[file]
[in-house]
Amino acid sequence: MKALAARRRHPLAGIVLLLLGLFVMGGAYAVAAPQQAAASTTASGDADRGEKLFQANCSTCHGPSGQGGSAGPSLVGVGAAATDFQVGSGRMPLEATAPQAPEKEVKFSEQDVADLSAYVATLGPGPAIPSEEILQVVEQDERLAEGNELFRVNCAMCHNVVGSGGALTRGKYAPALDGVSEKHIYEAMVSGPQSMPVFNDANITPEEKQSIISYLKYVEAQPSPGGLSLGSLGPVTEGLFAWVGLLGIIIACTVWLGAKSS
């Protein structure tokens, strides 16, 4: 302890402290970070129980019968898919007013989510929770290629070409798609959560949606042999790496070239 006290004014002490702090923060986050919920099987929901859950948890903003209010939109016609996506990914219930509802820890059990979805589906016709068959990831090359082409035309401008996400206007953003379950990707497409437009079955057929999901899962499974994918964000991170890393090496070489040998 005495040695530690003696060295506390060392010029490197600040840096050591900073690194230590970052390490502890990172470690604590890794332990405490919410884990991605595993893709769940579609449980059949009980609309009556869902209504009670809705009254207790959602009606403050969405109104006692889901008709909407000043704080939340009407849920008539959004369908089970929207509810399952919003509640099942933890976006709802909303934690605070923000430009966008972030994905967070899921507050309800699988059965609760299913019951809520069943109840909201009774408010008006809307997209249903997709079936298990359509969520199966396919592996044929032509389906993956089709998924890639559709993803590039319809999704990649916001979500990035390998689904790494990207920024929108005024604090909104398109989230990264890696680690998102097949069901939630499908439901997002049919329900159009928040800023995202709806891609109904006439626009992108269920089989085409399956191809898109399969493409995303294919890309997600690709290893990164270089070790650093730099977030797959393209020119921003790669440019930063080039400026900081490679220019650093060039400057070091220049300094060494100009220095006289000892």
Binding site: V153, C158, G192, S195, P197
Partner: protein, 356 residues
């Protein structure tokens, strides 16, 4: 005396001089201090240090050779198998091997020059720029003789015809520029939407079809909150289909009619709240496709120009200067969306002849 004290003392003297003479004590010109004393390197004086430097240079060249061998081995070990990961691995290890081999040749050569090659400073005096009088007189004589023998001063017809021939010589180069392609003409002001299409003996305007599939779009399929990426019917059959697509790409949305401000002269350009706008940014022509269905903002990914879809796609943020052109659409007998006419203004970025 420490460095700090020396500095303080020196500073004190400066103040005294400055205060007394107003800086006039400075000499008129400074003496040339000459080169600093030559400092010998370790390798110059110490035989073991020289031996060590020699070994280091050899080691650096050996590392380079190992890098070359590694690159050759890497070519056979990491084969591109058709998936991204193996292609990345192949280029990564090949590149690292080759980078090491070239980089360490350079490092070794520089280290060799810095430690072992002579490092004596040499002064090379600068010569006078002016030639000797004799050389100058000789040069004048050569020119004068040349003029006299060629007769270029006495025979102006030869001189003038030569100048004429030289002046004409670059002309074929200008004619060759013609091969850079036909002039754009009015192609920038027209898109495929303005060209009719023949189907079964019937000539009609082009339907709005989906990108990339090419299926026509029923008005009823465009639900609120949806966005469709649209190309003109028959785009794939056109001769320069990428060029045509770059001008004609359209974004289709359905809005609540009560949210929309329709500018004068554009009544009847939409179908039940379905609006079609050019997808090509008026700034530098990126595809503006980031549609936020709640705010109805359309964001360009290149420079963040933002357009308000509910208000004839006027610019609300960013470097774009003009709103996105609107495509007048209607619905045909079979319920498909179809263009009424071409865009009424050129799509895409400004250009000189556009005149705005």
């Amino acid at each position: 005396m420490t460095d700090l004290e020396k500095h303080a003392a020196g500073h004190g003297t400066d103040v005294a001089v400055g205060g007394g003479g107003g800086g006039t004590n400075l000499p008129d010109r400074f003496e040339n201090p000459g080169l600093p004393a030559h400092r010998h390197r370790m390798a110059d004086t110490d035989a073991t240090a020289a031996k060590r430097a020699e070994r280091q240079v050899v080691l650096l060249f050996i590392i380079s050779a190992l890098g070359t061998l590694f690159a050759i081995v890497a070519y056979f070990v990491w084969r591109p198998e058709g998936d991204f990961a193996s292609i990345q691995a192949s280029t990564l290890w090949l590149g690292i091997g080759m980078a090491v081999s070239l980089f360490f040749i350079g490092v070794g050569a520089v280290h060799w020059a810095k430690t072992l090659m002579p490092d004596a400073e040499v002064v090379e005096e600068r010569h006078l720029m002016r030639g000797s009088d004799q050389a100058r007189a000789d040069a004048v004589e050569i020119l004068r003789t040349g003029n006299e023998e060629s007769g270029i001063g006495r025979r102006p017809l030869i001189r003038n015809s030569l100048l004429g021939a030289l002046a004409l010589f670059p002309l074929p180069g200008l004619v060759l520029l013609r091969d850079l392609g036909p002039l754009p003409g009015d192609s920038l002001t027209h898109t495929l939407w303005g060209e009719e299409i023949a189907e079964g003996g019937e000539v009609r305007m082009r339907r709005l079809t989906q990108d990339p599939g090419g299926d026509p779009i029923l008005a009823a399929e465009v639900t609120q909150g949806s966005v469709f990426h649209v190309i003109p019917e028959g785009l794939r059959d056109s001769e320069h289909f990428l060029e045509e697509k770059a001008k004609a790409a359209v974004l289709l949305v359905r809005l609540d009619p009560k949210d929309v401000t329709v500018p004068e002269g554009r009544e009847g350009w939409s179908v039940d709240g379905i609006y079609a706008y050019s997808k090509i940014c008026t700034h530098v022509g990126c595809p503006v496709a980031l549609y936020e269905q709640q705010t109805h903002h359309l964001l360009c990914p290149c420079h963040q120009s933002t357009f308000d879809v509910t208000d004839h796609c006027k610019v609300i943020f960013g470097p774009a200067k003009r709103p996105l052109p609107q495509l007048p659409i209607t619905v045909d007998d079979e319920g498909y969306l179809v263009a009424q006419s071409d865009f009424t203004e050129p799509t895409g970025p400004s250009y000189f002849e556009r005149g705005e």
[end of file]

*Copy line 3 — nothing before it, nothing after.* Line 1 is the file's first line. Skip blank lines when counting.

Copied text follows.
């Protein structure tokens, strides 16, 4: 302890402290970070129980019968898919007013989510929770290629070409798609959560949606042999790496070239 006290004014002490702090923060986050919920099987929901859950948890903003209010939109016609996506990914219930509802820890059990979805589906016709068959990831090359082409035309401008996400206007953003379950990707497409437009079955057929999901899962499974994918964000991170890393090496070489040998 005495040695530690003696060295506390060392010029490197600040840096050591900073690194230590970052390490502890990172470690604590890794332990405490919410884990991605595993893709769940579609449980059949009980609309009556869902209504009670809705009254207790959602009606403050969405109104006692889901008709909407000043704080939340009407849920008539959004369908089970929207509810399952919003509640099942933890976006709802909303934690605070923000430009966008972030994905967070899921507050309800699988059965609760299913019951809520069943109840909201009774408010008006809307997209249903997709079936298990359509969520199966396919592996044929032509389906993956089709998924890639559709993803590039319809999704990649916001979500990035390998689904790494990207920024929108005024604090909104398109989230990264890696680690998102097949069901939630499908439901997002049919329900159009928040800023995202709806891609109904006439626009992108269920089989085409399956191809898109399969493409995303294919890309997600690709290893990164270089070790650093730099977030797959393209020119921003790669440019930063080039400026900081490679220019650093060039400057070091220049300094060494100009220095006289000892």